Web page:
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Army Vet Dad Posts Awesome Family Photo: 'Hey Gillette, Does This Offend You?'

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An Army veteran is challenging Gillette with a family photo after the razor company released an ad against “toxic” masculinity.

Graham Allen, a U.S. Army vet who now hosts Rant Nation on Blaze TV, posted a photo on his Facebook page.

“Practicing our ‘toxic masculinity,'” he wrote, adding an American flag symbol. “Hey Gillette does this offend you?!”

The photo shows Allen standing with a firearm slung over his shoulder. In front of him is his young daughter with her older brothers on either side of her. One of Allen’s sons is holding a handgun while the other is posing with a shotgun.

“I’ll raise my kids the way I believe they should be … thanks for your advice,” Allen wrote under the photo.

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Allen’s post shows one way that people are responding to Gillette’s controversial ad, which has received waves of backlash.

Many criticize the ad for its portrayal of traditional masculinity as a quality which encourages bullying and sexism.

The two-minute short from Gillette, a razor brand owned by Procter & Gamble, shows boys bullying each other and men sexually harassing women.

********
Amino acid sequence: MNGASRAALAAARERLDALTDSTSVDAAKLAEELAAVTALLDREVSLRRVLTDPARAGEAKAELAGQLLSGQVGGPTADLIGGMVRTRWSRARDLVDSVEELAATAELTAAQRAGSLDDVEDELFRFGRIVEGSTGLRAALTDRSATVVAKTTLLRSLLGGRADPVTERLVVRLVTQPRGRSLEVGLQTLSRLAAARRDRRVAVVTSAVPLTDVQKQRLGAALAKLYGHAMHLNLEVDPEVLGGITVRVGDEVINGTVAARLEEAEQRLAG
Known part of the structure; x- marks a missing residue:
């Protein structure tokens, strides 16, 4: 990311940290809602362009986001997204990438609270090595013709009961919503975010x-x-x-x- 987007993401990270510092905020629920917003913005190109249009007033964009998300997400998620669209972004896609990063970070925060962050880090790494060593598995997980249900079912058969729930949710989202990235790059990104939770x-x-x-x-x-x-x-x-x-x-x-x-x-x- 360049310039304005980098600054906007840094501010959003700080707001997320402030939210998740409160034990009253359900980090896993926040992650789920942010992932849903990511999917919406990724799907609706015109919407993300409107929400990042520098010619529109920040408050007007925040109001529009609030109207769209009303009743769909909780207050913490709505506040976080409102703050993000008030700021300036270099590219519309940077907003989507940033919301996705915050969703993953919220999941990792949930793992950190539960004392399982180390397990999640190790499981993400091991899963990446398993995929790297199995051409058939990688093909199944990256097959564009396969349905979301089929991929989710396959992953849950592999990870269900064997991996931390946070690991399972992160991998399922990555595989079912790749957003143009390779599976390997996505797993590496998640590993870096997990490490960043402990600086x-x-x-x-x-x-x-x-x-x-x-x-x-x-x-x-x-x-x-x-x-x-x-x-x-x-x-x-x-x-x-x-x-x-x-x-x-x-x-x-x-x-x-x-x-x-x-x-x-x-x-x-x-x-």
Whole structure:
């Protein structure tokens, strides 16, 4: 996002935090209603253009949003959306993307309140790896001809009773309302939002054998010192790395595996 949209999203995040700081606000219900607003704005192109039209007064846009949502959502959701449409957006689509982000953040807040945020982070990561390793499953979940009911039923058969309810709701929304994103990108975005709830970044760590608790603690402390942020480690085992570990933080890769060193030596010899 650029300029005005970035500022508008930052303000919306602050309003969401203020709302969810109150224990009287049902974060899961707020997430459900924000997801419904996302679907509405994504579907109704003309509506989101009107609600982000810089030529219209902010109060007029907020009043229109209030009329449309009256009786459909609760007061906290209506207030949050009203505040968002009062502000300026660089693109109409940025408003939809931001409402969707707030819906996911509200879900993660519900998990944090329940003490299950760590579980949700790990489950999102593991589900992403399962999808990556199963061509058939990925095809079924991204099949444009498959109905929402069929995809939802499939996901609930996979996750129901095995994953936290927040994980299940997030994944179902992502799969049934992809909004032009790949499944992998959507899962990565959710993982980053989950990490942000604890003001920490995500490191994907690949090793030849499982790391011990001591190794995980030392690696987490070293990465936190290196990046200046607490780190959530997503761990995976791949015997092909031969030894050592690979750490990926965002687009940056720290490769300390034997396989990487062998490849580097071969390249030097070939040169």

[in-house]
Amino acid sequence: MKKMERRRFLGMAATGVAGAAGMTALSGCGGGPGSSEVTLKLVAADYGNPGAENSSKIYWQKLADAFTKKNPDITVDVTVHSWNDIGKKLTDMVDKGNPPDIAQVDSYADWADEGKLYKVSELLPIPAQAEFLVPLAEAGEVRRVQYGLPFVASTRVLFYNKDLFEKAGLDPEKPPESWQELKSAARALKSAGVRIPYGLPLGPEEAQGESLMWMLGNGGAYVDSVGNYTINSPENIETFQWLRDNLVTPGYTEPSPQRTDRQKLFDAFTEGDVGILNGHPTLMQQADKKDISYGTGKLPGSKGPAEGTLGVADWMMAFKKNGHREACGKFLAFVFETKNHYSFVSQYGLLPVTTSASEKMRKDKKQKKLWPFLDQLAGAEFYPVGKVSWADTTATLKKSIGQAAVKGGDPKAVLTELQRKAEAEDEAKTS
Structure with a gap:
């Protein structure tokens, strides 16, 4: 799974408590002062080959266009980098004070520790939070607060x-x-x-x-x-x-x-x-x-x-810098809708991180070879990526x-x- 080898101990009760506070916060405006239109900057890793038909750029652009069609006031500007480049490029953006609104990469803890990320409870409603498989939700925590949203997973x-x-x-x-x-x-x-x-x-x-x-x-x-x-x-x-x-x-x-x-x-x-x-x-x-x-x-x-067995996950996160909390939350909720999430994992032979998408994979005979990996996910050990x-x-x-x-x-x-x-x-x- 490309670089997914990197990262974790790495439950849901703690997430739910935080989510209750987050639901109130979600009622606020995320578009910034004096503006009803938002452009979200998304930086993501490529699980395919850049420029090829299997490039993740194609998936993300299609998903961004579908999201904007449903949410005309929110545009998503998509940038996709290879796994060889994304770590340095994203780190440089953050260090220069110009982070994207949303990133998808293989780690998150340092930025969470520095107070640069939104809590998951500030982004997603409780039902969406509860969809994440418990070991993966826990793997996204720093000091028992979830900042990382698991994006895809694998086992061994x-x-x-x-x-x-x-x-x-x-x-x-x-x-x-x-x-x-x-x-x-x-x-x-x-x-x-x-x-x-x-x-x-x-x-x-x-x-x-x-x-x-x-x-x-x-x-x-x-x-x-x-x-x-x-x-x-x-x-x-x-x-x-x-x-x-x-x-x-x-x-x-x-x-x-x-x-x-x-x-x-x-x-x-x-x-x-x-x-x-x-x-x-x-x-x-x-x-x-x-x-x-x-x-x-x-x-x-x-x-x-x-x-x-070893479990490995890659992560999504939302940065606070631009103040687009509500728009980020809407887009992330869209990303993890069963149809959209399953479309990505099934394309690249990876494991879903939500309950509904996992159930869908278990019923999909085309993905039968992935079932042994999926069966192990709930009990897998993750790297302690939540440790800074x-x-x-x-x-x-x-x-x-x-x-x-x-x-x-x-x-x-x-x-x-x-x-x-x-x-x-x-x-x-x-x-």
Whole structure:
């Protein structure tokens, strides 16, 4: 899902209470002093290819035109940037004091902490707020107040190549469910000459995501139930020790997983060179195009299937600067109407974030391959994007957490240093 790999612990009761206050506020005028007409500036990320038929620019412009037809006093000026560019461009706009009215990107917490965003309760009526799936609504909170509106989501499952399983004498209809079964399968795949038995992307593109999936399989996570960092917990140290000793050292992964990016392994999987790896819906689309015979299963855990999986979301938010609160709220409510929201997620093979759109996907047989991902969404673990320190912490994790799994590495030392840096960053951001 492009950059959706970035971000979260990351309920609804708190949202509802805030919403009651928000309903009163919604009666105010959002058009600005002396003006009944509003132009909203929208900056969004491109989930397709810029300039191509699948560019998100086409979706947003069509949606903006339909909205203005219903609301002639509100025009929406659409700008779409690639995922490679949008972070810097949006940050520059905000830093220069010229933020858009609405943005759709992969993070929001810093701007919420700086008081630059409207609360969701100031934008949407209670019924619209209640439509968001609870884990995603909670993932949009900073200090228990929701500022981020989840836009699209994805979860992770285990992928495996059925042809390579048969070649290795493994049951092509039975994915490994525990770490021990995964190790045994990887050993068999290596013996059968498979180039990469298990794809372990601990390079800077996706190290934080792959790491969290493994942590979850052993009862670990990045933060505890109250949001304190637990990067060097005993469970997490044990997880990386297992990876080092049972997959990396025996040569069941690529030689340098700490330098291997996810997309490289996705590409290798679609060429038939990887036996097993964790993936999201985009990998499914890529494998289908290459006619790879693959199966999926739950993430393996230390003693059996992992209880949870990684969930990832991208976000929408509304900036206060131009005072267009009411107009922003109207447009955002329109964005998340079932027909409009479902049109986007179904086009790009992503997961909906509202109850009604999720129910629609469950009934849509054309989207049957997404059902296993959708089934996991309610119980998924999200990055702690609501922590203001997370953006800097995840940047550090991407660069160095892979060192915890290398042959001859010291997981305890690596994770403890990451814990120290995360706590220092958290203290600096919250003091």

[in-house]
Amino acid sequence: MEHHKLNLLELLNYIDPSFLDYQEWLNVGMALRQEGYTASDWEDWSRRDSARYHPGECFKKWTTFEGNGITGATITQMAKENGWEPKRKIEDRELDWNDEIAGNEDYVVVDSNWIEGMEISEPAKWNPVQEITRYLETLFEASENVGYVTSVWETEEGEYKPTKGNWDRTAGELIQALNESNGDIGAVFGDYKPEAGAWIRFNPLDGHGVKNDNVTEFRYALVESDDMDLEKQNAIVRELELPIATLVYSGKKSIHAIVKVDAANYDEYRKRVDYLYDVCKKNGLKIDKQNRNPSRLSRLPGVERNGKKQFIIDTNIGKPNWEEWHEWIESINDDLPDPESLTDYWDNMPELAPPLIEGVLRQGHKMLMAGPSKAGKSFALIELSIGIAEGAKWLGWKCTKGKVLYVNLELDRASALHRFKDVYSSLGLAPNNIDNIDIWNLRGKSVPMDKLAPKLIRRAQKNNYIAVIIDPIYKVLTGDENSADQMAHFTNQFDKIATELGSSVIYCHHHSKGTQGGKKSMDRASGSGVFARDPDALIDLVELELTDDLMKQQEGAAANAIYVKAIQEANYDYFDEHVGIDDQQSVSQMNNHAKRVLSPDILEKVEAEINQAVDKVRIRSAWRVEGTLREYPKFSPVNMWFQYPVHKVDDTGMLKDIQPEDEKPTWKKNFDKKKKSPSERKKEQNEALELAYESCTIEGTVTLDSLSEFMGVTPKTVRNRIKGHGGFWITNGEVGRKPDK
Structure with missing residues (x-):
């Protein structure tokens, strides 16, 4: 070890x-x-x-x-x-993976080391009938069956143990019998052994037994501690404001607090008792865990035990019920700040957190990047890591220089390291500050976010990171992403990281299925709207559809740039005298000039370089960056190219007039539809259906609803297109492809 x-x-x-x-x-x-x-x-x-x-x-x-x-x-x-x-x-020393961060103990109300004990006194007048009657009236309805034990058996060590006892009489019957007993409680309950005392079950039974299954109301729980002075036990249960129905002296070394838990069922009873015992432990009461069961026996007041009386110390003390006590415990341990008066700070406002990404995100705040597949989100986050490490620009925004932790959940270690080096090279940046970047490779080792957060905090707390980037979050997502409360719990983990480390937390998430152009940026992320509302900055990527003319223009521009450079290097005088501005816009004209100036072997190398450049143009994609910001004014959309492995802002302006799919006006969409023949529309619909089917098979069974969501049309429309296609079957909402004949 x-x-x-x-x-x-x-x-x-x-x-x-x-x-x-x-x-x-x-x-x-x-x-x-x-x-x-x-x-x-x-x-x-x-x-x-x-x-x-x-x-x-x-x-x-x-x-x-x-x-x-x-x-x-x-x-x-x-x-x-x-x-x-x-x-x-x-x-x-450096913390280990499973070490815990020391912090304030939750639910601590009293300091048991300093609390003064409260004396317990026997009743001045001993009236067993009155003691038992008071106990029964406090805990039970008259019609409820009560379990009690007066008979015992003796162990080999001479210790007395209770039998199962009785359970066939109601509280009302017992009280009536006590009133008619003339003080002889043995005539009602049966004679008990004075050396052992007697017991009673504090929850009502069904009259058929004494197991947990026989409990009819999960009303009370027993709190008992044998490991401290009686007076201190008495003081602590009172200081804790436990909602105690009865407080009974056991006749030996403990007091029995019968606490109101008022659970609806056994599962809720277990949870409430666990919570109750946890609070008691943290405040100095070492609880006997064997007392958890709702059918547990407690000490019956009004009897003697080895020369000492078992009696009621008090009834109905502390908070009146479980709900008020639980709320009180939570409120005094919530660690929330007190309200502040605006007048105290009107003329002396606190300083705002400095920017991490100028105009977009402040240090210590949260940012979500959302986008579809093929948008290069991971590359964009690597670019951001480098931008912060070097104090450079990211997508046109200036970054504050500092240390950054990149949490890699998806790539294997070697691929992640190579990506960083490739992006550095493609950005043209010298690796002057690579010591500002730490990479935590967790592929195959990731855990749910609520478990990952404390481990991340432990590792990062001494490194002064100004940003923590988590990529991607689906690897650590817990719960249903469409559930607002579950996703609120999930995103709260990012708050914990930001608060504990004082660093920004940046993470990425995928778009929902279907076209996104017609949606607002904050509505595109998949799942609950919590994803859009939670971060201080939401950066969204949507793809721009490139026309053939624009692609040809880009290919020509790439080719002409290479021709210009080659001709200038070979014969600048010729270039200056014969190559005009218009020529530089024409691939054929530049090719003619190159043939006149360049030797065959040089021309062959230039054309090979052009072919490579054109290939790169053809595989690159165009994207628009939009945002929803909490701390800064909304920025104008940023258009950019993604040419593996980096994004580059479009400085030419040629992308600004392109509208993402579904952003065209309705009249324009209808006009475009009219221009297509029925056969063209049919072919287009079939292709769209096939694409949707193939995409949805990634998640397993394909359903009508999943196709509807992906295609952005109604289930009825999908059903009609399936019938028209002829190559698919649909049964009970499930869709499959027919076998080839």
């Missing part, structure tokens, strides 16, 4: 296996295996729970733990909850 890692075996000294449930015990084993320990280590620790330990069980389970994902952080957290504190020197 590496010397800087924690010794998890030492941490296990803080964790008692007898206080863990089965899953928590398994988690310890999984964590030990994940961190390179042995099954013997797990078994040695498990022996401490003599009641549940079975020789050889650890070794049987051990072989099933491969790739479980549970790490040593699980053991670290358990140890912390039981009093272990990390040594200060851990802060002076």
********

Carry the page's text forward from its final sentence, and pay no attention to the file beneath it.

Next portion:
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The ad then focuses on the #MeToo movement, pointing to it as the reason that men are now being held accountable for their actions.

Another part of the ad shows hordes of men behind barbecues saying “boys will be boys” as young boys wrestle with each other.

Critics of the ad have condemned its stereotyping of masculinity as something “toxic” that needs to be trained out of men.

The ad has also been widely praised by the left. Many have applauded Gillette for telling men to put behind them old notions of masculinity and embrace the new era.

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However, the strong backlash against it shows that many Americans aren’t on board with the left’s bashing of men.

Allen’s photo shows a perfect example of a dad who isn’t interested in caving to the leftist media’s redefinition of masculinity.

CORRECTION: An earlier version of this article referred to the firearm held by one of Graham Allen’s sons as a rifle. It appears from the picture to be a shotgun. The Western Journal corrected this article after an observant reader pointed out our error, for which we apologize.

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Karista Baldwin studied constitutional law, politics and criminal justice at the University of Dallas and the University of Texas at Dallas.
Karista Baldwin has studied constitutional law, politics and criminal justice at the University of Dallas and the University of Texas at Dallas. Before college, she was a lifelong homeschooler in the "Catholic eclectic" style.
Presidential Scholarship at the University of Dallas
Dallas, Texas
Languages Spoken
Topics of Expertise
Politics, Entertainment, Faith